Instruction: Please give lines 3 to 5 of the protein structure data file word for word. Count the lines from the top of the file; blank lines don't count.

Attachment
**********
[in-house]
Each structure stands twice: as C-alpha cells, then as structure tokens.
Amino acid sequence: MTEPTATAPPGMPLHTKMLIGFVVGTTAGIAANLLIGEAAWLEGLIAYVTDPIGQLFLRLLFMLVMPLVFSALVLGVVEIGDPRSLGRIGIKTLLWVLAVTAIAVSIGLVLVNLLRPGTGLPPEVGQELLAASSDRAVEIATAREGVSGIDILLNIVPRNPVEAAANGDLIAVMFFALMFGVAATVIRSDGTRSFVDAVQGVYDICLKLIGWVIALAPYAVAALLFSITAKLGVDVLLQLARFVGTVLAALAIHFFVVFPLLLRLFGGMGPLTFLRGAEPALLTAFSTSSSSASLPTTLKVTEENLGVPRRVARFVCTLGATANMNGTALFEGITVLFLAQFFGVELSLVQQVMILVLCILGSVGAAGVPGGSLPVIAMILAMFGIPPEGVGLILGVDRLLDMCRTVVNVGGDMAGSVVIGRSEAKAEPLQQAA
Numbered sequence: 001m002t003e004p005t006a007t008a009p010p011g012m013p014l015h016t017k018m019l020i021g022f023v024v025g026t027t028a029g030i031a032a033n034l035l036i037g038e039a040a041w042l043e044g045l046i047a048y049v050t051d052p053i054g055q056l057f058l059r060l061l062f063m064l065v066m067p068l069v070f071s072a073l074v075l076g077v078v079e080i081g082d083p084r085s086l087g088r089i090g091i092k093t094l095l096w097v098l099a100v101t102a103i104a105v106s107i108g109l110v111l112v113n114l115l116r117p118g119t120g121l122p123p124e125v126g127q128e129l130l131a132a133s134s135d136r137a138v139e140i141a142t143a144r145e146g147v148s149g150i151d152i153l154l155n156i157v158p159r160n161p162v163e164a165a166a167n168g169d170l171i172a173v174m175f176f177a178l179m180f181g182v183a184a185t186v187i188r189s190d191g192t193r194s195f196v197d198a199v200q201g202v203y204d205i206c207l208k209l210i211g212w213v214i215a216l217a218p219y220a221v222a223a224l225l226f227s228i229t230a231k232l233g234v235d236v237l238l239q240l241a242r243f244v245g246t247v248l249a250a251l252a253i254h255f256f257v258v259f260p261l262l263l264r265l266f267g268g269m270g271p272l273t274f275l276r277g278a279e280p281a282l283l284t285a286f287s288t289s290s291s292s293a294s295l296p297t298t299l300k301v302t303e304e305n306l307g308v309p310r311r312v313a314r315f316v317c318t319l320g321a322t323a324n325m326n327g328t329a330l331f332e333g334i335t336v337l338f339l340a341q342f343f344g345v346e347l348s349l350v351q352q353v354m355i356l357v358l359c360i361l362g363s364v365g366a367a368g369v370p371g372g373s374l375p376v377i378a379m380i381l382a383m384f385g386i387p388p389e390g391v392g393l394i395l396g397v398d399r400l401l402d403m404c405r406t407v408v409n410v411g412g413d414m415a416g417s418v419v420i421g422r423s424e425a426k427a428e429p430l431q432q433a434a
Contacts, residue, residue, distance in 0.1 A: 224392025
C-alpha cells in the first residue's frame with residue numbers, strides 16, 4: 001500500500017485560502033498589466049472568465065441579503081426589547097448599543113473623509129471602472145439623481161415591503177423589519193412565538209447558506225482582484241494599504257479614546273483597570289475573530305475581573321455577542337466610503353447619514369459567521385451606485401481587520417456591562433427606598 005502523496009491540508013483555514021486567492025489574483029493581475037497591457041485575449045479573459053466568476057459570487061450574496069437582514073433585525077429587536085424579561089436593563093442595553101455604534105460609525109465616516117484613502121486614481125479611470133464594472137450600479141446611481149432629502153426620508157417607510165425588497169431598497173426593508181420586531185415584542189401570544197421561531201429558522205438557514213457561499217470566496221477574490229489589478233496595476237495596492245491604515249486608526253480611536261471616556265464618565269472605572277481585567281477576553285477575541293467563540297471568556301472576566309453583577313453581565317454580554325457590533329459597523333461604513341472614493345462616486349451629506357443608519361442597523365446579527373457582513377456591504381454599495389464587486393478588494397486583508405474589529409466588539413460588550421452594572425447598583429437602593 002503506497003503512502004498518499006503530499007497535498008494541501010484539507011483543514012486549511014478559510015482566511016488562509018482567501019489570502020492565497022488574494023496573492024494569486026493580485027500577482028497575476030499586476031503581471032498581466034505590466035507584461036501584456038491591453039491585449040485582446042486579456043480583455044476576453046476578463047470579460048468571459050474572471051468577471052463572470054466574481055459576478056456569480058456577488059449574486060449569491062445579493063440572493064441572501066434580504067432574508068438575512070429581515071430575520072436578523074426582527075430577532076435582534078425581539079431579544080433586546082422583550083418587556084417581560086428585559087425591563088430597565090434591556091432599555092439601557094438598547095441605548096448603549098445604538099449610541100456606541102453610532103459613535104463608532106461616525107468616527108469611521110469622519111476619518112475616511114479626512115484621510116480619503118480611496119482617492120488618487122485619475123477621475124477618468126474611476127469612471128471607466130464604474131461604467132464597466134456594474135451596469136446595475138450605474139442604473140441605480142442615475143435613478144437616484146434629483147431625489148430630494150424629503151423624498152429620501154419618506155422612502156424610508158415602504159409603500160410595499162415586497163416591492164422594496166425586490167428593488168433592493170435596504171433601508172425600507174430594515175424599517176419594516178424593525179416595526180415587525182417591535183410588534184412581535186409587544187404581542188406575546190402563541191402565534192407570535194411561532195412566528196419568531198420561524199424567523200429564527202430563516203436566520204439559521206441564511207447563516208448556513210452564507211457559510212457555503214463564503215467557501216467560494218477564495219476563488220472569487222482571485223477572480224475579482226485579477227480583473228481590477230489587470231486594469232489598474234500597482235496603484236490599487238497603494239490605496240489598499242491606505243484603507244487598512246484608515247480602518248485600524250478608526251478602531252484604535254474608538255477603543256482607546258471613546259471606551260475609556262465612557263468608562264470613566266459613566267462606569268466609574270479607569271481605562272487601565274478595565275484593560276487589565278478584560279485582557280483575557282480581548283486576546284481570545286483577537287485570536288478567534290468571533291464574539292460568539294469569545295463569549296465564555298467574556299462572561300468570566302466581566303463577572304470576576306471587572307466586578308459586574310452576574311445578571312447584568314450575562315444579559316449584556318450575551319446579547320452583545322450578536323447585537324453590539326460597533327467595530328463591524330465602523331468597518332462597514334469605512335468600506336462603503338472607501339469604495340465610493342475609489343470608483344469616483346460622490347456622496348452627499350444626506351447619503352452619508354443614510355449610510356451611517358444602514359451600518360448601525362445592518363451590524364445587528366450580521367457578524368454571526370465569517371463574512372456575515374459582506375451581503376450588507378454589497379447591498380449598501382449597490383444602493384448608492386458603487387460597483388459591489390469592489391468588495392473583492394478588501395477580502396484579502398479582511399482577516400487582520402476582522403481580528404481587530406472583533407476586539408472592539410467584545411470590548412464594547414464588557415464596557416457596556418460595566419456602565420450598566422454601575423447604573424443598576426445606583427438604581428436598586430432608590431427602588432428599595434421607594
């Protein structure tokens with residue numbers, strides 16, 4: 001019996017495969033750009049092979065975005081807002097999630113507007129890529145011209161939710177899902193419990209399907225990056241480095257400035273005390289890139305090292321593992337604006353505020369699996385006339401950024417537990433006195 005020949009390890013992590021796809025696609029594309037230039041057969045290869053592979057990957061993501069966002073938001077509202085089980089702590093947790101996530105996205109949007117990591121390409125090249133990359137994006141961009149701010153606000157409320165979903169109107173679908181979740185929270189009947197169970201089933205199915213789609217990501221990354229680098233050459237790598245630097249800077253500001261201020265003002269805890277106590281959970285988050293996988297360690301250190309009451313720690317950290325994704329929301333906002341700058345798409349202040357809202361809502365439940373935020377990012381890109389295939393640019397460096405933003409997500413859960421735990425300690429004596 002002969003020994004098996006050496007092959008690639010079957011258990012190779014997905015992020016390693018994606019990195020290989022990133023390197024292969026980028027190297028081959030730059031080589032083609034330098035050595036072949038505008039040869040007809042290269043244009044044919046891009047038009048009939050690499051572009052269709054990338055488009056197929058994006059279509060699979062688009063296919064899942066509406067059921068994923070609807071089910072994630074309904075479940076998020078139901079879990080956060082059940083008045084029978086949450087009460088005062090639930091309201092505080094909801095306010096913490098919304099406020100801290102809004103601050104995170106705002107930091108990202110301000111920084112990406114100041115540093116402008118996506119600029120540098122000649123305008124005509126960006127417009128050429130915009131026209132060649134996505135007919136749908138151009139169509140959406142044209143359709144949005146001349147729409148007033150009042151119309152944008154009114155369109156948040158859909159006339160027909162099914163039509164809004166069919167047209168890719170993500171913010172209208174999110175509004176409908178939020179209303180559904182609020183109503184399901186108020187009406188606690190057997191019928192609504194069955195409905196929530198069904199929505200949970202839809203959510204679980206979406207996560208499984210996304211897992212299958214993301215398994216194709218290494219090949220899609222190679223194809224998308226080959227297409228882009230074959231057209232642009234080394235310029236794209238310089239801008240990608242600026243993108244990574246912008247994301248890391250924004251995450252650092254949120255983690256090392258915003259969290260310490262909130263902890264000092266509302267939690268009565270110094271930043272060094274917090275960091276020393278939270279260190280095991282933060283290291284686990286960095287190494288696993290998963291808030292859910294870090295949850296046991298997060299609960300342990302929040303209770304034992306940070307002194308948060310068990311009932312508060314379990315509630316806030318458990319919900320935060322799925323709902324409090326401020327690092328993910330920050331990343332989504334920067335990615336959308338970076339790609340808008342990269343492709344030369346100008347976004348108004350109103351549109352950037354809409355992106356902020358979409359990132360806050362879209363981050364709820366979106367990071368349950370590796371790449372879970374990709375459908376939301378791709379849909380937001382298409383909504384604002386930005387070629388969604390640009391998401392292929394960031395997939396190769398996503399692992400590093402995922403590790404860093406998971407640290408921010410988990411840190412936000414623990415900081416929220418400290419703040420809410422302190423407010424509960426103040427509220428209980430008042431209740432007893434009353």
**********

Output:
Amino acid sequence: MTEPTATAPPGMPLHTKMLIGFVVGTTAGIAANLLIGEAAWLEGLIAYVTDPIGQLFLRLLFMLVMPLVFSALVLGVVEIGDPRSLGRIGIKTLLWVLAVTAIAVSIGLVLVNLLRPGTGLPPEVGQELLAASSDRAVEIATAREGVSGIDILLNIVPRNPVEAAANGDLIAVMFFALMFGVAATVIRSDGTRSFVDAVQGVYDICLKLIGWVIALAPYAVAALLFSITAKLGVDVLLQLARFVGTVLAALAIHFFVVFPLLLRLFGGMGPLTFLRGAEPALLTAFSTSSSSASLPTTLKVTEENLGVPRRVARFVCTLGATANMNGTALFEGITVLFLAQFFGVELSLVQQVMILVLCILGSVGAAGVPGGSLPVIAMILAMFGIPPEGVGLILGVDRLLDMCRTVVNVGGDMAGSVVIGRSEAKAEPLQQAA
Numbered sequence: 001m002t003e004p005t006a007t008a009p010p011g012m013p014l015h016t017k018m019l020i021g022f023v024v025g026t027t028a029g030i031a032a033n034l035l036i037g038e039a040a041w042l043e044g045l046i047a048y049v050t051d052p053i054g055q056l057f058l059r060l061l062f063m064l065v066m067p068l069v070f071s072a073l074v075l076g077v078v079e080i081g082d083p084r085s086l087g088r089i090g091i092k093t094l095l096w097v098l099a100v101t102a103i104a105v106s107i108g109l110v111l112v113n114l115l116r117p118g119t120g121l122p123p124e125v126g127q128e129l130l131a132a133s134s135d136r137a138v139e140i141a142t143a144r145e146g147v148s149g150i151d152i153l154l155n156i157v158p159r160n161p162v163e164a165a166a167n168g169d170l171i172a173v174m175f176f177a178l179m180f181g182v183a184a185t186v187i188r189s190d191g192t193r194s195f196v197d198a199v200q201g202v203y204d205i206c207l208k209l210i211g212w213v214i215a216l217a218p219y220a221v222a223a224l225l226f227s228i229t230a231k232l233g234v235d236v237l238l239q240l241a242r243f244v245g246t247v248l249a250a251l252a253i254h255f256f257v258v259f260p261l262l263l264r265l266f267g268g269m270g271p272l273t274f275l276r277g278a279e280p281a282l283l284t285a286f287s288t289s290s291s292s293a294s295l296p297t298t299l300k301v302t303e304e305n306l307g308v309p310r311r312v313a314r315f316v317c318t319l320g321a322t323a324n325m326n327g328t329a330l331f332e333g334i335t336v337l338f339l340a341q342f343f344g345v346e347l348s349l350v351q352q353v354m355i356l357v358l359c360i361l362g363s364v365g366a367a368g369v370p371g372g373s374l375p376v377i378a379m380i381l382a383m384f385g386i387p388p389e390g391v392g393l394i395l396g397v398d399r400l401l402d403m404c405r406t407v408v409n410v411g412g413d414m415a416g417s418v419v420i421g422r423s424e425a426k427a428e429p430l431q432q433a434a
Contacts, residue, residue, distance in 0.1 A: 224392025